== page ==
Winsome, Donita and Sandra continue walking through the park until they approach a fenced in area. The sign states, Parrot Conservation and Research Centre Botanical Gardens.
Donita: This is what I really wanted to see!
(Continues reading.) Dedicated to preserving
Sandra: She is a real bird lover. You should see
all the birdhouses and birdbaths Donita has in
Winsome: Let's go inside then. (They enter through
the gate.) Here you will find many beautiful and
interesting birds. Donita, if you name a bird
you might be able to find it here.
Donita: The Mountain Dove?
Winsome: Yes, it is here.
Donita: I'm sure you don't have Chicken Hawks in
this beautiful place.
Winsome: Yes, it is here, also. Look over there.
(She points to a bird sitting in tree.)
Sandra: Why are some of the birds caged while
others are flying about?
Winsome: Good question! In the Gardens, you will
see the Sisserou Parrot, caged because this is
not its' natural habitat. By the way, this is
the national bird.
Donita: This is truly a Bird Watchers paradise!
Sandra: Can you recommend any books about the
Winsome: Yes, there is a very good one by James
Durand and Jim Baptiste, Dominica's Birds.
Donita: What's the most unusual bird you have
Winsome: That's a difficult question
There's the Sikye, who some people call the
Bananquit. Then there's the Green-throated
Carib, and the Carib Grackel, Or maybe the
There are just too many
to choose the most unusual.
Sandra: So do these birds actually stay here all
year? None of them migrate?
Winsome: Oh, yes, some of them do migrate. In
fact, some of these birds originally came from
Donita: Like which ones?
Winsome: There's the American Kestrel, the
Warbler, Barn Owl, the Sandpiper and others from
the migratory species. Even the Robin is not a
Sandra: Maybe once they got here, they didn't
want to leave. (Laughing)
Donita: I can understand that! The aroma of the
flowers, the perfect weather
What a wonderful
place to live! It is going to be difficult to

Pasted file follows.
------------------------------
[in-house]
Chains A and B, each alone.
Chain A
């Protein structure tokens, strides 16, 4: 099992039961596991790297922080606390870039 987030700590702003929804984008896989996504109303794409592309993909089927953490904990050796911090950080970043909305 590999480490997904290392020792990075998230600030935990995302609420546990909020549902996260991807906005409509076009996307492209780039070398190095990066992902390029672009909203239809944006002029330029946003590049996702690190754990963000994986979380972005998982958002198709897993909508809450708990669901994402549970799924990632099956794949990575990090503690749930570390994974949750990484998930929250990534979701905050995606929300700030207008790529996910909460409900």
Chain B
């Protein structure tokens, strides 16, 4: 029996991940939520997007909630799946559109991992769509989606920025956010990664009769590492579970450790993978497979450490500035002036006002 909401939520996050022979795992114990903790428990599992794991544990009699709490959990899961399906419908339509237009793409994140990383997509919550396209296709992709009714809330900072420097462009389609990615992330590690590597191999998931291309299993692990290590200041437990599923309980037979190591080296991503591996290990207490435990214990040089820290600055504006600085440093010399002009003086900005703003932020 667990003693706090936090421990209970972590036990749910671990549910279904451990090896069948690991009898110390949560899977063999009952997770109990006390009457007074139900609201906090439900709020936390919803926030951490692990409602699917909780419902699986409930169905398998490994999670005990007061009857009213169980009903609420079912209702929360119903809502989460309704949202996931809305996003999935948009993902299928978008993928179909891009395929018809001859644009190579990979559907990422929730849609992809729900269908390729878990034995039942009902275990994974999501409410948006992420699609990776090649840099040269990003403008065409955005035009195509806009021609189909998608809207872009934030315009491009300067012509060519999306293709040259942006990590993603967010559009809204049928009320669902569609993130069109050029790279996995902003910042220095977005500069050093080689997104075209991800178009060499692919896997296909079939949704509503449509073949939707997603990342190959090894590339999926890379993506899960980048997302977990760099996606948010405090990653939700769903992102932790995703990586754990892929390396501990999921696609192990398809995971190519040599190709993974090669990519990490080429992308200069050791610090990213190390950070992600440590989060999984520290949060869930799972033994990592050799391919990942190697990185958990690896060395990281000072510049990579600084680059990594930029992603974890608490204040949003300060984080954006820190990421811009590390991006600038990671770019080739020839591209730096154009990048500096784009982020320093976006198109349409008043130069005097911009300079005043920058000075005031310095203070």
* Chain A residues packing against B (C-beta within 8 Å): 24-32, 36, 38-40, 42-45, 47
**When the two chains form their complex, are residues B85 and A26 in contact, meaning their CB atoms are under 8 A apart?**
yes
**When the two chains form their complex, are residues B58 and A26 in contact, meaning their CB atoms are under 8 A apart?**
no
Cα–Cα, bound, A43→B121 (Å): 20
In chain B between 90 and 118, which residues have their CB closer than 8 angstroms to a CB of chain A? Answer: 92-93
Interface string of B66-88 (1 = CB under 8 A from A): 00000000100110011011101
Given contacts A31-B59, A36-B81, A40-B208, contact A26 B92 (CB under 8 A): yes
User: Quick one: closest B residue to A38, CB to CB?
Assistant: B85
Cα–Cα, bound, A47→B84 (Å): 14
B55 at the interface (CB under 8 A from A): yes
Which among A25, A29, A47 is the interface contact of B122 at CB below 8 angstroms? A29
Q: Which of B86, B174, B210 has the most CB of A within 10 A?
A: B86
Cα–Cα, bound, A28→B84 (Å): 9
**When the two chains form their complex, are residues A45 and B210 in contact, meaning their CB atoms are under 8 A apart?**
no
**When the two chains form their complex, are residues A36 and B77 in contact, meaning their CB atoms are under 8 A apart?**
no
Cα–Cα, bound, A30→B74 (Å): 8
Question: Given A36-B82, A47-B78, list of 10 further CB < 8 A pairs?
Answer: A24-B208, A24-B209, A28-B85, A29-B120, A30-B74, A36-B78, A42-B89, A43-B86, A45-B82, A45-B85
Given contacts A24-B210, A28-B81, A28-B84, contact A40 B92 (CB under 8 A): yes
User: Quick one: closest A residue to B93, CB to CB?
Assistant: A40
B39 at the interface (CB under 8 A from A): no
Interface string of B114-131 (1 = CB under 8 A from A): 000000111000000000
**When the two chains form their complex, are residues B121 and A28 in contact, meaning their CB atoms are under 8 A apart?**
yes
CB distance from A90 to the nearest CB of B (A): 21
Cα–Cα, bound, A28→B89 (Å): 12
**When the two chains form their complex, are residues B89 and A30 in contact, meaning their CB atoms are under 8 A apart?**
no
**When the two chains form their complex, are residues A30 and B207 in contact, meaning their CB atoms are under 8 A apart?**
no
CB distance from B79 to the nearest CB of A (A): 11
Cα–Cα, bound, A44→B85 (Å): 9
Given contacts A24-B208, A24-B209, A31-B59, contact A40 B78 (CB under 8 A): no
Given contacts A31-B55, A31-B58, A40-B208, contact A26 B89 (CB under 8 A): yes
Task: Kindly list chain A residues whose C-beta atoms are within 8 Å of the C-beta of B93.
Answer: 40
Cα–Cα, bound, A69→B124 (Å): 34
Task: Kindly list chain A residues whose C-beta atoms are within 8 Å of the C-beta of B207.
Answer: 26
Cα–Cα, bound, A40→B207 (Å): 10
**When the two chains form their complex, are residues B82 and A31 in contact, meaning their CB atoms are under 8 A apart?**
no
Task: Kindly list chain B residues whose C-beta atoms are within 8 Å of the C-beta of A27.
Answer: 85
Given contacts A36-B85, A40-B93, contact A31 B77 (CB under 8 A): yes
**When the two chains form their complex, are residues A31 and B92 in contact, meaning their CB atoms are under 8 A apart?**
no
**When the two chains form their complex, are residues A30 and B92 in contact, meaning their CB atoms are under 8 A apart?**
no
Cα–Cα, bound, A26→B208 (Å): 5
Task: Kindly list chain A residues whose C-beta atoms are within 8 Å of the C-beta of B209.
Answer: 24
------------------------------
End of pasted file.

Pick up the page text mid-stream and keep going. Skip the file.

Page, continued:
leave here and go back home.
Winsome: It is a beautiful place, but like
anywhere else, Dominica has had its' problems,
too. A hurricane came through here in 1979 and
in eight hours this beautiful garden and the
surrounding area were destroyed.
Sandra: How terrible! I'm very curious: how large
is the population? And how big is the island?
Winsome: Roseau has a little over 14,000 people.
Dominica is 30 miles long and Sixteen miles
wide. Since you are a teacher, you might like to
know that it is built on the ancient Kalinago
Indian village of Sairi. It is the oldest and
most important settlement on the island. (They
continue strolling through the Garden.)
Donita: I'd like to know more about the village.
Sandra: Me, too.
Winsome: I am happy to tell you more about it, but
first do you have any questions about this
section of the Garden?
Donita: Are there any wild animals here?
Winsome: (Laughing.) I don't think you would like
to meet the wild animals that our famous on our
Sandra: Why do you say that?
Donita: Are they dangerous?
Winsome: There are twelve species of bats, the
wild pig, the Agouti and the Opossum. And yes,
some of them can be dangerous.
Sandra: What is an agouti?
Winsome: It's a large rodent, about the size of a
rodent with stripes. Both the agouti and the
opossum are all over the island and are hunted
during the open season.
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